John Perdue visits April 9
State Treasurer John Perdue visited Shepherdstown Saturday, April 9 and met with local residents as a part of his campaign for governor.
Perdue, a democratic candidate, will face off against five other hopefuls in the special gubernatorial primary election, Saturday, May 14.
In a stop at the historic Shepherdstown Train Station, Perdue addressed the issues he feels concern residents of the Eastern Panhandle and the state as a whole.
Citing the importance of this particular election, he said, “It’s time to step up and change the future of West Virginia … We’re at a crossroad.”
He said that the outcome of the 2011 gubernatorial election would decide the future of the state for the next decade.
Perdue, who began his career working for the Department of Agriculture in Inwood, described the Eastern Panhandle’s “unique” problems.
“I have probably spent more time in the Eastern Panhandle than any elected official in Charleston,” he said.
He promised that as governor he would keep a regional office in the Eastern Panhandle so that citizens could better engage in the politics happening downstate.
David Hammer, a resident of Shepherdstown, helped organize the meet and greet and fundraiser.
Hammer said that he became a Perdue supporter after having a one-on-one conversation with him about the issues.
Hammer, who had been involved in other local campaigns, is one of the drafters of the Farmland Protection Act.
Hammer feels that Perdue recognizes the value of agriculture to the Eastern Panhandle, and also praised Perdue’s views of Marcellus Shale drilling which he called “the most pressing issue in the next 10 years for West Virginia.”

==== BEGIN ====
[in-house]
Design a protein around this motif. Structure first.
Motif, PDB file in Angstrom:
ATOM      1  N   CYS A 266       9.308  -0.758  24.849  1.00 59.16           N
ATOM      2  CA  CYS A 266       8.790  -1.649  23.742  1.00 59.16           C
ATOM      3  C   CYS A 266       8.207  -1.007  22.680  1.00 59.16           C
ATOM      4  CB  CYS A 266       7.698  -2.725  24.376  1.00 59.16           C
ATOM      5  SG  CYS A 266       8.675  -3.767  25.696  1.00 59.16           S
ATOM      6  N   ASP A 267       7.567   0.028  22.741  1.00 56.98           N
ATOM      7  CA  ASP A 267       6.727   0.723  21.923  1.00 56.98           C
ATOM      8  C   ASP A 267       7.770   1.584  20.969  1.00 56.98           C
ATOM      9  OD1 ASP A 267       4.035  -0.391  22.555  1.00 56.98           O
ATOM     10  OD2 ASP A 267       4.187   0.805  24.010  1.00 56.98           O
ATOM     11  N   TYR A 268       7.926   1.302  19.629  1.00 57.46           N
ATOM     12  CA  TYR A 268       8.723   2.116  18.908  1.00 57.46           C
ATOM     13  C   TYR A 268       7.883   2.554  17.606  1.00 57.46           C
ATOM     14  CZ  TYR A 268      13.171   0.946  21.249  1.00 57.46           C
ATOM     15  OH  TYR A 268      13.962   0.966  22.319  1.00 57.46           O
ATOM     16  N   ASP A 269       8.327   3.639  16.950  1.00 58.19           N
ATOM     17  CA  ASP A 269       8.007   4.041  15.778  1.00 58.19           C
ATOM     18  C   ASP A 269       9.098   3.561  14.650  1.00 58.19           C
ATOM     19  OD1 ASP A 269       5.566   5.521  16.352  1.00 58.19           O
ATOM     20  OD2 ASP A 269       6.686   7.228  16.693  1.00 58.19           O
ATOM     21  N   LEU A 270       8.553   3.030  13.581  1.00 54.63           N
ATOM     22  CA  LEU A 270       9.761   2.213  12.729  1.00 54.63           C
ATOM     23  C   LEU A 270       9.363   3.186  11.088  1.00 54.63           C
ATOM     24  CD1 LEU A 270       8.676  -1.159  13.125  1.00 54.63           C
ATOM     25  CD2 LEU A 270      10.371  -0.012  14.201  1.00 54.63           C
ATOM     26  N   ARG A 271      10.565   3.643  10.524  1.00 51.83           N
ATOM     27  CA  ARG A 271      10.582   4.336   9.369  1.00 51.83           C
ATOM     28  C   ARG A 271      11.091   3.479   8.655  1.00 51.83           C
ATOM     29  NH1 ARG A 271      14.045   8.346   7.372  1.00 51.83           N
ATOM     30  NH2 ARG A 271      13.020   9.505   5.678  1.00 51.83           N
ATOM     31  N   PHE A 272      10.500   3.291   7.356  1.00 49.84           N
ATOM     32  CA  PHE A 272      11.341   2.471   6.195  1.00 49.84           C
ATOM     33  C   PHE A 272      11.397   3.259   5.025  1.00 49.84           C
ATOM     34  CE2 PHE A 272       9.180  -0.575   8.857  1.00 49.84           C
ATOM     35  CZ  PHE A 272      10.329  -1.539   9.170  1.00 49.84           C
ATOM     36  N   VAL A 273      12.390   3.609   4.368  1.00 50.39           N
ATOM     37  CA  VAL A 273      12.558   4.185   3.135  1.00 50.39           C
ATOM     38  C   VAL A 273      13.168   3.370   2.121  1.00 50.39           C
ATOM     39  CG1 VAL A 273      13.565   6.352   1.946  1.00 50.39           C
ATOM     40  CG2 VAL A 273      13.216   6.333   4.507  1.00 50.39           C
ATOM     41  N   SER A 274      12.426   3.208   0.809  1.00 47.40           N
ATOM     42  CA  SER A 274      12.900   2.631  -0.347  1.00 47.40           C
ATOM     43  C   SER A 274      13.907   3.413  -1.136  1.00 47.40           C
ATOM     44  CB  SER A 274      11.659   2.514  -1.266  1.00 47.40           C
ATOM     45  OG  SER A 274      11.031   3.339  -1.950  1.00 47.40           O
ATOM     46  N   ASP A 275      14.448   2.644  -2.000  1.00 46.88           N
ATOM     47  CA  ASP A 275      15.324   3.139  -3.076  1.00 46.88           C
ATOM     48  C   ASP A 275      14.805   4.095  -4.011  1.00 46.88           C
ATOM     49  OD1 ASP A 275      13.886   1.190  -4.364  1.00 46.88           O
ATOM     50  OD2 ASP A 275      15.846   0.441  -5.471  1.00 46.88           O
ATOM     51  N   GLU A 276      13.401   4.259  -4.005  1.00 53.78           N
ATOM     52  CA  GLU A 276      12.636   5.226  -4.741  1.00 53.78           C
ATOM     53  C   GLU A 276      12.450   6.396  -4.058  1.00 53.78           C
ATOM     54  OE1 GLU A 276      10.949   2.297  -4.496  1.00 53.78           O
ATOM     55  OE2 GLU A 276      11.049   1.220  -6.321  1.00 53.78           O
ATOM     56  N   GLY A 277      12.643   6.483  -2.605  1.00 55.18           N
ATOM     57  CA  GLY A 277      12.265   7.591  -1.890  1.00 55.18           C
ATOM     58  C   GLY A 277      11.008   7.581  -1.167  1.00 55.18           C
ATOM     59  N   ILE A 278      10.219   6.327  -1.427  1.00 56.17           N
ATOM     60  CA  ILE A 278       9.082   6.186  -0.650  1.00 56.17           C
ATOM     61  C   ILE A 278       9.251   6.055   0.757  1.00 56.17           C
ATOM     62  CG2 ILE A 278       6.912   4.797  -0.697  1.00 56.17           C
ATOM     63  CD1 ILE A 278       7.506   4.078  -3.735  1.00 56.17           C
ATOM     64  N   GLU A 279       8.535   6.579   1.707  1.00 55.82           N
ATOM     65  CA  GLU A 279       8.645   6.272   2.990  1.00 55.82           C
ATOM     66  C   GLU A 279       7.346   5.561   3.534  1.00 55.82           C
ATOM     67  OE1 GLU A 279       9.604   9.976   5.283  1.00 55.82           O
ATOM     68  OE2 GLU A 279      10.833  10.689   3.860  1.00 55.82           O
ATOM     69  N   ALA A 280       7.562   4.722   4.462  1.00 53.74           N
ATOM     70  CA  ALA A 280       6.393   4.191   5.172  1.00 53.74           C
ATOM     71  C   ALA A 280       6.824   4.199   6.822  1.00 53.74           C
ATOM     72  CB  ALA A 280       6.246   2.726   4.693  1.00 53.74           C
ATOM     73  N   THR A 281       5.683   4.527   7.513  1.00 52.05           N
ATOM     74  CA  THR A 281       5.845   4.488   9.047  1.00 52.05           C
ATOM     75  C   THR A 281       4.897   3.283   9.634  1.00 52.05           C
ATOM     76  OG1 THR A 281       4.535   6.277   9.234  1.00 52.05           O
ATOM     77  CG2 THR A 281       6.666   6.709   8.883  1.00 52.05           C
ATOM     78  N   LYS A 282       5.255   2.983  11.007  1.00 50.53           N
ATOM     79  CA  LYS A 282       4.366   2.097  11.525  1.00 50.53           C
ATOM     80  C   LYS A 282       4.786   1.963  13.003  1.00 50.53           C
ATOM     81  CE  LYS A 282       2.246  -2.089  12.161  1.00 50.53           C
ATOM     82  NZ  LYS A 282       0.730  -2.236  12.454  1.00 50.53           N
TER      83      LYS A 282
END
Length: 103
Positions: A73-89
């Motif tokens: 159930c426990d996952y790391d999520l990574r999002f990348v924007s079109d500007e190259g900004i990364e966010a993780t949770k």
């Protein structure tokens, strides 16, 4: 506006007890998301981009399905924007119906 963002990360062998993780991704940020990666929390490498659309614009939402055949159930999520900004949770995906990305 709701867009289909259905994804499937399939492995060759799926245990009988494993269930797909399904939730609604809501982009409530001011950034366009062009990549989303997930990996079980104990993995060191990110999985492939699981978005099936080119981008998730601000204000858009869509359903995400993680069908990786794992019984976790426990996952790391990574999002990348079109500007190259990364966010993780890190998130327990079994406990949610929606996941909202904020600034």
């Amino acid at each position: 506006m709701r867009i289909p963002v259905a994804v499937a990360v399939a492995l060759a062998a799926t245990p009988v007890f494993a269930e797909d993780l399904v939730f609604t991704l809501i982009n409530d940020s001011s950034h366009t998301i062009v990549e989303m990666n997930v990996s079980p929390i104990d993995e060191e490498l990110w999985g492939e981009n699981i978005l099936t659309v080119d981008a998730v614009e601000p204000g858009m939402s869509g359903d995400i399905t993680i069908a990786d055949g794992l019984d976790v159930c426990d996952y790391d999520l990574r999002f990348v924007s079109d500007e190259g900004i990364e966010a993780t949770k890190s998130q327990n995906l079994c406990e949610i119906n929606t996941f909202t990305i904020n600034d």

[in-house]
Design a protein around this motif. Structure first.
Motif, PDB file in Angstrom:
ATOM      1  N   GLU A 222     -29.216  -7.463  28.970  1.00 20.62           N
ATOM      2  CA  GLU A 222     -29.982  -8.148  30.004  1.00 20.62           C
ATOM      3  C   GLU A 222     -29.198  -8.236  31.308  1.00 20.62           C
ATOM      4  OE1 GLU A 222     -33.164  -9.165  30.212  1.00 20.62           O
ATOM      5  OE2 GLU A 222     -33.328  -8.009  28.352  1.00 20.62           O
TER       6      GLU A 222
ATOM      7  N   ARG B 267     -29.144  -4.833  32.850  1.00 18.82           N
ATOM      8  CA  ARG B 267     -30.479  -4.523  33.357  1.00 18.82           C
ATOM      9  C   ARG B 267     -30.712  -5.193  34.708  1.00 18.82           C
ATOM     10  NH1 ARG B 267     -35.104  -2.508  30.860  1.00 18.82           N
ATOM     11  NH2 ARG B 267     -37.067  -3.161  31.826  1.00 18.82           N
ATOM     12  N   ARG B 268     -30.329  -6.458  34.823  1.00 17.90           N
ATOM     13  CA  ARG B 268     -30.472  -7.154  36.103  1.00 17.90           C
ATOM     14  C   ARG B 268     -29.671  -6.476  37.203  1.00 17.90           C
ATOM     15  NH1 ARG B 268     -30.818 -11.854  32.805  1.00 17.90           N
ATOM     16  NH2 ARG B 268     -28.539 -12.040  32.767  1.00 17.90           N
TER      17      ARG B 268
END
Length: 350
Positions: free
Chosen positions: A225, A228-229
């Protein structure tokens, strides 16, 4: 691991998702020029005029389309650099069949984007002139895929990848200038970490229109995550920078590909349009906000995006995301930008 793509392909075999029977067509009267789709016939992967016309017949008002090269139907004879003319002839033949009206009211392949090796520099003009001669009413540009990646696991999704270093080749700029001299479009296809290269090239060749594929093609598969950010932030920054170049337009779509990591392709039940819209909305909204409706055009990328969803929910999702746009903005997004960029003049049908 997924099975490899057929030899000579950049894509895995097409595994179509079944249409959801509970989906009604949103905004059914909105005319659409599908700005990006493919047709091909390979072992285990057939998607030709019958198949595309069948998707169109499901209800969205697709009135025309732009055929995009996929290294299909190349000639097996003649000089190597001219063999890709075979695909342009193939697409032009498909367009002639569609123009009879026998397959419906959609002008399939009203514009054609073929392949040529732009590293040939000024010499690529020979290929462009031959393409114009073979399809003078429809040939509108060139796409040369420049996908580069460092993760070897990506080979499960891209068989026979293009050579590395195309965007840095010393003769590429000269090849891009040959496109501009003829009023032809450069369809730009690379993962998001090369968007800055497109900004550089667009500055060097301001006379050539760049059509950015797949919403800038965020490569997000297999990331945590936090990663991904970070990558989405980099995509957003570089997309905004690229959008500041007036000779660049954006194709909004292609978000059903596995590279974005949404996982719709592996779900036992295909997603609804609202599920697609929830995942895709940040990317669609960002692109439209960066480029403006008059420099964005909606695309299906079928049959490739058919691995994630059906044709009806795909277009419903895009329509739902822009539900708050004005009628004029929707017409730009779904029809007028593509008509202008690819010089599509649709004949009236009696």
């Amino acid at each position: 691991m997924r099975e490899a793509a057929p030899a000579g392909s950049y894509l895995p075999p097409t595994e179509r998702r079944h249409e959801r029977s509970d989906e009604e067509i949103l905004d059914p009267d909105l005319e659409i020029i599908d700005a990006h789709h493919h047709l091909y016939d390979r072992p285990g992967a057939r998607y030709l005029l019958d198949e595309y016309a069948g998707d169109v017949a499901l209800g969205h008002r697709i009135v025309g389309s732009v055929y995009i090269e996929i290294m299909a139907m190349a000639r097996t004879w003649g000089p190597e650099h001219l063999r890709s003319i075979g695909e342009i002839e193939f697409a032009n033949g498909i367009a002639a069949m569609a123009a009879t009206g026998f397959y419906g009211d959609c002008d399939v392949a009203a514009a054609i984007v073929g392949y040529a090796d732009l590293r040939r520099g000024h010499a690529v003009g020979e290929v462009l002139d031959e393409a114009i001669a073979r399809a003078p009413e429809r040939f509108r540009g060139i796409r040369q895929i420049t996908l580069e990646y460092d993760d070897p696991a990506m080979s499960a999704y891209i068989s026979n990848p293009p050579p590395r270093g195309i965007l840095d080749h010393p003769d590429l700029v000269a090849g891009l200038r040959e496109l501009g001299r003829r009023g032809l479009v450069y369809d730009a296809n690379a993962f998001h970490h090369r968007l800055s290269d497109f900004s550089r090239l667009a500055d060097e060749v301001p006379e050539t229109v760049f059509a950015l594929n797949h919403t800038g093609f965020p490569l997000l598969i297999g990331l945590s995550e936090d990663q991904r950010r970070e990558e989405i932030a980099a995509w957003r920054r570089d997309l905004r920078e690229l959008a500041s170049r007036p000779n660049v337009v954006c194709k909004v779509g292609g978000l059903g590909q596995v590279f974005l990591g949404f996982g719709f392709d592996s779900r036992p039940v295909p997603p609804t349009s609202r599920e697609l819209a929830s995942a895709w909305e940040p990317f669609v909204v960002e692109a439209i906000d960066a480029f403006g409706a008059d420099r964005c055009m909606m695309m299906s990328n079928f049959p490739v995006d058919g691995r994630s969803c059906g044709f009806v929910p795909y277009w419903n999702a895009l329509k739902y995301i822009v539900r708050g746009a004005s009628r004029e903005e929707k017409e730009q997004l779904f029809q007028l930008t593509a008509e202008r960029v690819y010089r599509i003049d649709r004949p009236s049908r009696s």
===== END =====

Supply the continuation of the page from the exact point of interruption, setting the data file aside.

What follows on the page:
Perdue, who sees the opportunities the Marcellus Shale ” discovery” could provide, said that he would protect the environment and is in favor of drilling Marcellus Shale regions after appropriate regulations are put in place.
He said he wants to “make sure we dot the i’s and cross the t’s.”
During closing remarks made at the event Saturday, Perdue also said that he plans to address the disproportionately low amount teachers are paid in the Eastern Panhandle in contrast to their counterparts in Maryland and Virginia and suggested locality pay as an option to keep teachers in West Virginia.
Perdue said he also believes the state needs a long-term plan to build infrastructure and create an environment where small businesses can thrive.
When asked how he planned to address the rising utility rates citizens are paying, Perdue said that as governor he would put a moratorium on rate increases and explained that what sets him apart from other candidates is that he is not beholden to the interests of the big utility companies.
“If you take on an issue, you cannot be bought and paid for, and I am not bought and paid for.”
According to Taylor Downs, the Eastern Panhandle coordinator for the Perdue campaign, the treasurer will return to the area April 30 for the Democratic straw poll fundraiser being held at the Charles Town racetrack.
Perdue understands the complexities of the Eastern Panhandle, he said. Downs insisted that Perdue plans to return to Shepherdstown, though an official schedule has not been laid out. Those interested in more information about Perdue can visit www.johnperdue.com